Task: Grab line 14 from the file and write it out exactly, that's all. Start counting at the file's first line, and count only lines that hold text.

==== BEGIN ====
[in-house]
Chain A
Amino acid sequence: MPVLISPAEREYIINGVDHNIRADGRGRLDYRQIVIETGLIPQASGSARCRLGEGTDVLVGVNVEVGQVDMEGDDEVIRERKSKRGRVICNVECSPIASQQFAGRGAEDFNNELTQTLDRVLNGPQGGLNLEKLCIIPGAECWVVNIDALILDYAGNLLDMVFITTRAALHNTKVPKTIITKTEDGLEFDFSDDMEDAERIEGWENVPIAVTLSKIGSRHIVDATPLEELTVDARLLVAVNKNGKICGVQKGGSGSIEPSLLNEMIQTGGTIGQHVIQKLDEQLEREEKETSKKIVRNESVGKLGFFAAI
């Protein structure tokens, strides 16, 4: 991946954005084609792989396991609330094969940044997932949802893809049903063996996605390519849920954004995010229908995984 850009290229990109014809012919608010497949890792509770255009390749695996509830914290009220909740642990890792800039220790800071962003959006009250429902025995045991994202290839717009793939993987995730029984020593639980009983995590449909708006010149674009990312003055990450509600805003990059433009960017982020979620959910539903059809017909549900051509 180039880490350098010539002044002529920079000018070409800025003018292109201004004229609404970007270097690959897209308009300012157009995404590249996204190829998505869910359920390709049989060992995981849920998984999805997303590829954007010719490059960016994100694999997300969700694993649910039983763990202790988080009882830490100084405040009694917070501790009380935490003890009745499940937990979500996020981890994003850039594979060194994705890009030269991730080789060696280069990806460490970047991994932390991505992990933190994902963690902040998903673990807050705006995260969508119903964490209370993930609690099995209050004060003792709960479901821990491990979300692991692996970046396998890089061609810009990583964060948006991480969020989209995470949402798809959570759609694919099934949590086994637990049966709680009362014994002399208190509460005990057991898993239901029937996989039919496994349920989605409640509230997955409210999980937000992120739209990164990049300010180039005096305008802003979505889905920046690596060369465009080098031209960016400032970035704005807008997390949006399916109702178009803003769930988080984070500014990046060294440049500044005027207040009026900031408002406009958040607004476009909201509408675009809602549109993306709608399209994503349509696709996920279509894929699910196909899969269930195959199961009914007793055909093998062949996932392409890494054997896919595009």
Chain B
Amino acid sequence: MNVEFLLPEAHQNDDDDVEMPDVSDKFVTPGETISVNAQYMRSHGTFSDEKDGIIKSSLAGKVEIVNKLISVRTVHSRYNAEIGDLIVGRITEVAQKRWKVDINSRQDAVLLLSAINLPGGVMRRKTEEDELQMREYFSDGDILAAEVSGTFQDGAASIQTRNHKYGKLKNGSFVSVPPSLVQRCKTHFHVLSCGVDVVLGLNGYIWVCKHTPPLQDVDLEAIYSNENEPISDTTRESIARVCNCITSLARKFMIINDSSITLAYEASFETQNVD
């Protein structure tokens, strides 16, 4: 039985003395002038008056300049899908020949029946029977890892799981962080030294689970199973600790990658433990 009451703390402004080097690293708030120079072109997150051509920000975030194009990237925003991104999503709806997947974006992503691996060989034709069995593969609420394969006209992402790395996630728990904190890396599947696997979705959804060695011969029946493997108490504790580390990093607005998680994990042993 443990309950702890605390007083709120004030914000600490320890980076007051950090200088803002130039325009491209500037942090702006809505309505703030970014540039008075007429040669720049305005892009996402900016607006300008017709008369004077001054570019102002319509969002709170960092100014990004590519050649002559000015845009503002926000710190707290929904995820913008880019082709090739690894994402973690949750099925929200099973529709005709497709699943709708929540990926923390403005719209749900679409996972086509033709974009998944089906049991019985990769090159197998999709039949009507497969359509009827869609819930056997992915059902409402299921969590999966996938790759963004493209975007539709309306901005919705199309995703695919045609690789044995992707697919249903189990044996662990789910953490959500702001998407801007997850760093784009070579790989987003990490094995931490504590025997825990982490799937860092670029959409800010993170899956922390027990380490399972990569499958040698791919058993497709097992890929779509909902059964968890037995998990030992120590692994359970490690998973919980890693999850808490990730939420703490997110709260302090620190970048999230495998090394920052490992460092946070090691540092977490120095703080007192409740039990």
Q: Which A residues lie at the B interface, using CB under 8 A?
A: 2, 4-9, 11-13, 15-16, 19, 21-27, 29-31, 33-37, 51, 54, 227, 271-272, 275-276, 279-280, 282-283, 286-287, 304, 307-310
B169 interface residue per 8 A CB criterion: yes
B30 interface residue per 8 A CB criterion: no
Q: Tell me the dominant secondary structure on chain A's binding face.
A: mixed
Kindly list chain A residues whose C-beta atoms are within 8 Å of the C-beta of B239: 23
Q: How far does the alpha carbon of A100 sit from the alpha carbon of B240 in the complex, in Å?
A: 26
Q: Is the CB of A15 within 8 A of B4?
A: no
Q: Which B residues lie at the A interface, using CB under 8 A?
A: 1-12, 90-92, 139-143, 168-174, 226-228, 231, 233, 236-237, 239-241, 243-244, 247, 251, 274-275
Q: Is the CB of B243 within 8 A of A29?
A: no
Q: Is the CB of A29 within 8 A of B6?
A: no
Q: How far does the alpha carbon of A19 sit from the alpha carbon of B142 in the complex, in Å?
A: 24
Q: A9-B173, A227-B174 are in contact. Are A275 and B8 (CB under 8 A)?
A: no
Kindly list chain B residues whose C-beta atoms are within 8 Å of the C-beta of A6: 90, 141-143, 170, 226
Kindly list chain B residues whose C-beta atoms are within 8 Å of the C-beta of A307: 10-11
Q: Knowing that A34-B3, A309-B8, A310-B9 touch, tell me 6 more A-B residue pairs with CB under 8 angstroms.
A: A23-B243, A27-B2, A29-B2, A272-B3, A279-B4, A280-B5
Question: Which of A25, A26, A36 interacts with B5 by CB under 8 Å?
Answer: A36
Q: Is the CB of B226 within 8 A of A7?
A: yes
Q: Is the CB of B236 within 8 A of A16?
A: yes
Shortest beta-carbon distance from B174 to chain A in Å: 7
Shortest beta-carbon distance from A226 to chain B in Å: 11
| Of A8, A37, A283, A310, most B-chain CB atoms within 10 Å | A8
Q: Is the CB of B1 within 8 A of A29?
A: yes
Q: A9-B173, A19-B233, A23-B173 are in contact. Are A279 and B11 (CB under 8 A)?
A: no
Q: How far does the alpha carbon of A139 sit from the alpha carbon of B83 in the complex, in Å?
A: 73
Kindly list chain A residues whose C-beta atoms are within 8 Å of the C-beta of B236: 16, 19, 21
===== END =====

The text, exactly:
Kindly list chain A residues whose C-beta atoms are within 8 Å of the C-beta of B239: 23